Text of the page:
We’re being told by some that there will be an end to the many struggles and horrors of the yearlong pandemic and promises of being able to return to normal. It’s what we all want, right?
Of course, but remember that every change, even positive ones, cause stress. We have had to adapt to the world of Covid and all the ways that impacted us; wearing masks and washing our hands, practicing social distancing, worrying about friends and family members who were vulnerable, dealing with people who became ill and/or died. We have had to figure out how to buy our food, how to care for our kids and make sure they were still getting some kind of schooling, how to manage our jobs and learn to use Zoom. We have had to deal with feelings of isolation, abandonment and loneliness.
It’s a long list of adaptations with many other things that could be added. The bottom line is that we have endured a year of ongoing stress coupled with unpredictability that has caused various levels of damage to our minds, brains and immune systems.
We have been creative about working around the new requirements to preserve our safety and the safety of others. We discovered colorful and meaningful masks that make statements. We used social media to maintain contact with others. We discovered ways to buy food and have it delivered. Amazon is our new best friend. We tracked all the ways to get vaccinated and traveled long distances to get our shots. We had to visit our medical professionals remotely. The list goes on and on and speaks to our abilities to be creative and adapt.
So what happens now as things change once again and we are allowed to resume some of what were our normal ways of life?
We probably won’t be able to fully return to normal for a long time, if ever. Those who are naturally more cautious might find it almost scary to resume normal practices of going shopping, out to dinner or to a movie. We may continue to wear masks because they make us feel safer even if we are given a clear signal from those who have guided us through the process of staying safe. We may have experienced the many surprising benefits of working from home and may not want to go back to having to drive to an office, wear business attire and real shoes.
I think it is important to prepare for a long road to transition back to life as we once knew it way back in 2019. Our brains do not like change. Change is work. Even the best changes require a greater awareness of what is to come and how we need to respond to it.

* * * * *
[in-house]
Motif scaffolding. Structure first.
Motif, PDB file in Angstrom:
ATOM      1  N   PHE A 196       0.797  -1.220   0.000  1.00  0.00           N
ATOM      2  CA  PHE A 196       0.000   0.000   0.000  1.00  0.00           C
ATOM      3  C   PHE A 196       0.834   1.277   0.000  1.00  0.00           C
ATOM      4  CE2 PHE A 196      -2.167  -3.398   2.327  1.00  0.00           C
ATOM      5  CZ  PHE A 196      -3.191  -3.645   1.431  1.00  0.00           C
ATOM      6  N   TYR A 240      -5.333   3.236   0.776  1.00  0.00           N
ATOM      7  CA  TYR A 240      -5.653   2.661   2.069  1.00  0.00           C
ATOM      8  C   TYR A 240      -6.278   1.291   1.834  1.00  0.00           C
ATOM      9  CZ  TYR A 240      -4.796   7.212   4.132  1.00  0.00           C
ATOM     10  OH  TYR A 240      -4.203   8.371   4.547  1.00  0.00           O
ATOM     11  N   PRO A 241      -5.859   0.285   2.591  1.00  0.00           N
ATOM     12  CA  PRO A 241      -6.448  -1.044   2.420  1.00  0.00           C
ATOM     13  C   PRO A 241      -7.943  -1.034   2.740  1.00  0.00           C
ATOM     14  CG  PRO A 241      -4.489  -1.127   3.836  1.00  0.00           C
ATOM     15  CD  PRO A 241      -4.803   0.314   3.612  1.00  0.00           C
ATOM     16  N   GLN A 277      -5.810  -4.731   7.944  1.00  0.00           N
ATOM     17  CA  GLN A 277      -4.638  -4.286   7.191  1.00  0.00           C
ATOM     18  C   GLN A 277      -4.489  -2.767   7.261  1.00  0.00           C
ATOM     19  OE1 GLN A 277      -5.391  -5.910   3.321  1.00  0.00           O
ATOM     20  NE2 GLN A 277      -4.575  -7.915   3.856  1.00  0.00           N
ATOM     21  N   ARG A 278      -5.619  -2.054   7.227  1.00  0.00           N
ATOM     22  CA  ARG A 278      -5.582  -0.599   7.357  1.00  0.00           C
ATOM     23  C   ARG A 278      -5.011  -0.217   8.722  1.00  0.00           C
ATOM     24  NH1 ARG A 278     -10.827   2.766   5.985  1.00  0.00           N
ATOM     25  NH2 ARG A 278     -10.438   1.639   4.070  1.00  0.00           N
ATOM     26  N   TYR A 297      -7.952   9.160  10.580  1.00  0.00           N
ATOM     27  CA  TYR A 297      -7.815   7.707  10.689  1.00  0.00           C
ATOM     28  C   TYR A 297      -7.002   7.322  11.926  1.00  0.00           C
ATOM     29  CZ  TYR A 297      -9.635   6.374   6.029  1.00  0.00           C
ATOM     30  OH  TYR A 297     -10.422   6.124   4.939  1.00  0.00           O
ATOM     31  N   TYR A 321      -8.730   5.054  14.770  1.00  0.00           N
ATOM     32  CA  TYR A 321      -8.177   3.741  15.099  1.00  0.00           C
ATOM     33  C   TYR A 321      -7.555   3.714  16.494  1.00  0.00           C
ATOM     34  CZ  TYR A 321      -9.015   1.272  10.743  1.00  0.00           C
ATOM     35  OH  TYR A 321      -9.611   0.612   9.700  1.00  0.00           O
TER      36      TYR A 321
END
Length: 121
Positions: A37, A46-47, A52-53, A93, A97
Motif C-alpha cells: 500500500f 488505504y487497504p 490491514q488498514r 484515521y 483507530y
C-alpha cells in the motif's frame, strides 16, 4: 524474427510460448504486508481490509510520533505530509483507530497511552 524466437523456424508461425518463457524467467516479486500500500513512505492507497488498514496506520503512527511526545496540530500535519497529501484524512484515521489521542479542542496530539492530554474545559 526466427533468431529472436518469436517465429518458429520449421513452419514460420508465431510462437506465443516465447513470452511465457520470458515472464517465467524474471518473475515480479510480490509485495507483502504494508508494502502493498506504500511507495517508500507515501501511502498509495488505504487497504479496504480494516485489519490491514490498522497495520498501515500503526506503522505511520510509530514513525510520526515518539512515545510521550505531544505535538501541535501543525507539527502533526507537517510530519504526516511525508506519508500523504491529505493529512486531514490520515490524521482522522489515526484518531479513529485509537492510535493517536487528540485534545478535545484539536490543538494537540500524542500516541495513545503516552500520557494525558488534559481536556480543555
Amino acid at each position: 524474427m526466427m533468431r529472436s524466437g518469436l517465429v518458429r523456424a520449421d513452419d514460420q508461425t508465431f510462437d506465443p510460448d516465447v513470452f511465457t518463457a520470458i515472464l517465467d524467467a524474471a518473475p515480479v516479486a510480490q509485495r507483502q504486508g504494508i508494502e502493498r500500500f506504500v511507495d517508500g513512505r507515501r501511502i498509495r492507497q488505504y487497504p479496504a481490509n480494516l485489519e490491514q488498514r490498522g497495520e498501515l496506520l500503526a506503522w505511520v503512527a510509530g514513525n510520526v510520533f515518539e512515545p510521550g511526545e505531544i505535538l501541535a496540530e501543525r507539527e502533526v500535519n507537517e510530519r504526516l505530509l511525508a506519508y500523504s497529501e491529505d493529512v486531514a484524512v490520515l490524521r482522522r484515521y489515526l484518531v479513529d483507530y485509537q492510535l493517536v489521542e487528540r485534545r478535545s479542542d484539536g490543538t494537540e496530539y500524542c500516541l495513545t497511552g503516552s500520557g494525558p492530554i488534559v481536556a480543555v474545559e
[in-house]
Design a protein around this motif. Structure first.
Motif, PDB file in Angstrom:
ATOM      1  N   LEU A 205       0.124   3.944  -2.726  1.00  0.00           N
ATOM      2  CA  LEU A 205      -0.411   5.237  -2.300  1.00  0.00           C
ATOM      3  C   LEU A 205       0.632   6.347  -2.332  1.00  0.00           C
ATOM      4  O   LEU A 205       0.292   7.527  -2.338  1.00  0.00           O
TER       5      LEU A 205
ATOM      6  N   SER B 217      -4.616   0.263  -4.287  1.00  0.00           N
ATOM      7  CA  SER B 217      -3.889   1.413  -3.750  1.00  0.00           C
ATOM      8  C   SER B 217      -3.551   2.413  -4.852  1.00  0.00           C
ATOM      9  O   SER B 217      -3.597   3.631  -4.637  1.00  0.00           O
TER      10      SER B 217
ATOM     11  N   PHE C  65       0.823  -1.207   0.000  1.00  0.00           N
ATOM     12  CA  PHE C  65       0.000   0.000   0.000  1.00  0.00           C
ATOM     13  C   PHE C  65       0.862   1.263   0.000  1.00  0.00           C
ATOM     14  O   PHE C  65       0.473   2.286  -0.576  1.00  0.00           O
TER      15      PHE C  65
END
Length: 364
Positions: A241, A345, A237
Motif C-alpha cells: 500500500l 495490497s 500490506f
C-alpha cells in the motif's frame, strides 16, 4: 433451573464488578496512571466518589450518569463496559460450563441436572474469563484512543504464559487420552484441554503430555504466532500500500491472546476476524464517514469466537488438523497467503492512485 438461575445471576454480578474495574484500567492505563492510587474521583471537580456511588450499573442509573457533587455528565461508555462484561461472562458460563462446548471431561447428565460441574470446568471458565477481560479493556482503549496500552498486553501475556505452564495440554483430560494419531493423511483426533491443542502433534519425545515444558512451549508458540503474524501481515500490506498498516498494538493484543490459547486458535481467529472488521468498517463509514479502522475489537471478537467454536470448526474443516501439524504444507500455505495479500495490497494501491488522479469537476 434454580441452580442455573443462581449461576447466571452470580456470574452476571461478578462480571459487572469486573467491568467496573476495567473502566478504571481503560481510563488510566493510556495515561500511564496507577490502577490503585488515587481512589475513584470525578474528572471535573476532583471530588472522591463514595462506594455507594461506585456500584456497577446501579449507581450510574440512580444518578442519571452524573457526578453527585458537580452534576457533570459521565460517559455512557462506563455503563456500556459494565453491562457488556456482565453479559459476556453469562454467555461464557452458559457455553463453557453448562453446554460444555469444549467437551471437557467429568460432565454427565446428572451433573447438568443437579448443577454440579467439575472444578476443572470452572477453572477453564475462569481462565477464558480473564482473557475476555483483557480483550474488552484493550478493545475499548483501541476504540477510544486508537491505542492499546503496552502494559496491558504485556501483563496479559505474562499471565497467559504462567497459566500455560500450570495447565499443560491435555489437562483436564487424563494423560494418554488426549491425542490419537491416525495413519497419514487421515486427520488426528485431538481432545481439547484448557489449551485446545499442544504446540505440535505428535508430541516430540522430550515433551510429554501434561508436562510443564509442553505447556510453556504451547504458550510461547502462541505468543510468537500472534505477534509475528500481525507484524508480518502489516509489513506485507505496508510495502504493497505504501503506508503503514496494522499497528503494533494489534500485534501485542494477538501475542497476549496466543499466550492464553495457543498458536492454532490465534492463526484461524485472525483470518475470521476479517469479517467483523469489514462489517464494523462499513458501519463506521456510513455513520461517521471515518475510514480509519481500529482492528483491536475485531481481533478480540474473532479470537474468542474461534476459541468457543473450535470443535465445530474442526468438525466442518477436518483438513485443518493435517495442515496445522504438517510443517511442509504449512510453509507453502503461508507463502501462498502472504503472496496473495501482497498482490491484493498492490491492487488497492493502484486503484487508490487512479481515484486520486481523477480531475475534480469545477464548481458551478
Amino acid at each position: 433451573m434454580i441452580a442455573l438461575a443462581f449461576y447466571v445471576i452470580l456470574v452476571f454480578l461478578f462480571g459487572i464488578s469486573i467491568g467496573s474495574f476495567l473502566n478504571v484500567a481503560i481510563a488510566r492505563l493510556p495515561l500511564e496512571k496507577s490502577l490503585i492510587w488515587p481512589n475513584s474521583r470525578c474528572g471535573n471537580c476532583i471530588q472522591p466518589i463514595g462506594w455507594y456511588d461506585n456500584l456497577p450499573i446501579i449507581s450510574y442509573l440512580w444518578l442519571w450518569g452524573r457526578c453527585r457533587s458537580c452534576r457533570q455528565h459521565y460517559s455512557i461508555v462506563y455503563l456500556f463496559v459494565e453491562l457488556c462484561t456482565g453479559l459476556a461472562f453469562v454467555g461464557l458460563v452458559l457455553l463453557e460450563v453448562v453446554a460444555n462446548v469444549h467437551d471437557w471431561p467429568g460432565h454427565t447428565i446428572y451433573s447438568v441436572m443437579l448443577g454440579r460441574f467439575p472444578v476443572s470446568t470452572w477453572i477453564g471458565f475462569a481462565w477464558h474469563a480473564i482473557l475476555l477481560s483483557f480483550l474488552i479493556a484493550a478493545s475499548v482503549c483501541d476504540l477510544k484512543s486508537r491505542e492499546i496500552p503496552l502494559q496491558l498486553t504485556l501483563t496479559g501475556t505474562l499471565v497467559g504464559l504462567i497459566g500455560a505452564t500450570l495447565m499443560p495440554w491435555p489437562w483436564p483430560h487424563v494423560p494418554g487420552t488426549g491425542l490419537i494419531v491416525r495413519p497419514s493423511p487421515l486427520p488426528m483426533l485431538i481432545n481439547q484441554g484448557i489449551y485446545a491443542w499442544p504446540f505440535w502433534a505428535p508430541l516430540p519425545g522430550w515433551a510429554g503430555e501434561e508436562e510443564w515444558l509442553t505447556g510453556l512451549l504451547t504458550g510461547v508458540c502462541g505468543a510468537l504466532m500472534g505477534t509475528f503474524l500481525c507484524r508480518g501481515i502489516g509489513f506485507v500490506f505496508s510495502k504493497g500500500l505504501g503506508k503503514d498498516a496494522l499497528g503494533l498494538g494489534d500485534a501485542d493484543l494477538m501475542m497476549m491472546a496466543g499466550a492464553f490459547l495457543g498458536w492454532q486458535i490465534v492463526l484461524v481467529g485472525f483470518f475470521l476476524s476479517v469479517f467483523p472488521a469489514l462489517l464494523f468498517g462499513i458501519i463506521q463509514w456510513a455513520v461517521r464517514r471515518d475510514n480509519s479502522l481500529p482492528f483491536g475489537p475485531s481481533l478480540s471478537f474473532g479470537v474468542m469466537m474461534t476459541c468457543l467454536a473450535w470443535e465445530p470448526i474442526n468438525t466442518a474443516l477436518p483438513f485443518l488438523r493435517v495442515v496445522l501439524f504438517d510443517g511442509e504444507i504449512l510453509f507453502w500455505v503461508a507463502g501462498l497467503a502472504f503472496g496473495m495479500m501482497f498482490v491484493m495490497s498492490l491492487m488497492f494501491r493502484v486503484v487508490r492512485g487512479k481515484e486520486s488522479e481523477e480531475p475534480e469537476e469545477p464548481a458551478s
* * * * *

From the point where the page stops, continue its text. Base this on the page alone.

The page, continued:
May I offer a few recommendations? Be prepared for a very gradual return to many of our previous norms. It may take much longer than we want. Try to be patient with yourself and others. Assume people are doing the best they can do.
Commit to staying on top of the recommendations by the CDC and others who have a handle on the facts about the virus. Don’t rely on the opinions of those who are not privy to these facts. Don’t rush into a return without being sure you will be safe.
Consider the positives for all you have experienced this past year. What are some of the things you are grateful for? Have you been forced to slow down a bit? Have you had time to do some important deep thinking? Have you found yourself closer to friends and family as you worked together to survive all these months?
Appreciate that you are once again having to experience many changes and these changes, even though desirable, will cause some degree of stress. Don’t be surprised if going back to old patterns causes you to feel anxious. It’s normal and all part of how our brains work.
Embrace the mentality that we are all in this together. Our strength as a species lies in how we come together during times of crisis and care for each other. Just as we had to be creative with regard to finding new ways to stay safe and connected during the pandemic, we can be creative in finding gentle ways to return to the familiarity of being together.
Remember that we learned a lot from this experience. And it may not be all bad if we don’t go back to everything as it once was. We have learned a lot during these many months. Let’s commit to holding on to that which gives some added meaning to what we have survived.
Invitation for Reflection
- What are some of the things you are looking forward to as the world begins to open up?
- What do you anticipate your reactions might be to returning to some of the ways you functioned before the pandemic?
- How can you prepare for some surprising levels of anxiety?
- How can you help those close to you make successful transitions to what will become our new norms?
Diane Wagenhals, Director, Lakeside Global Institute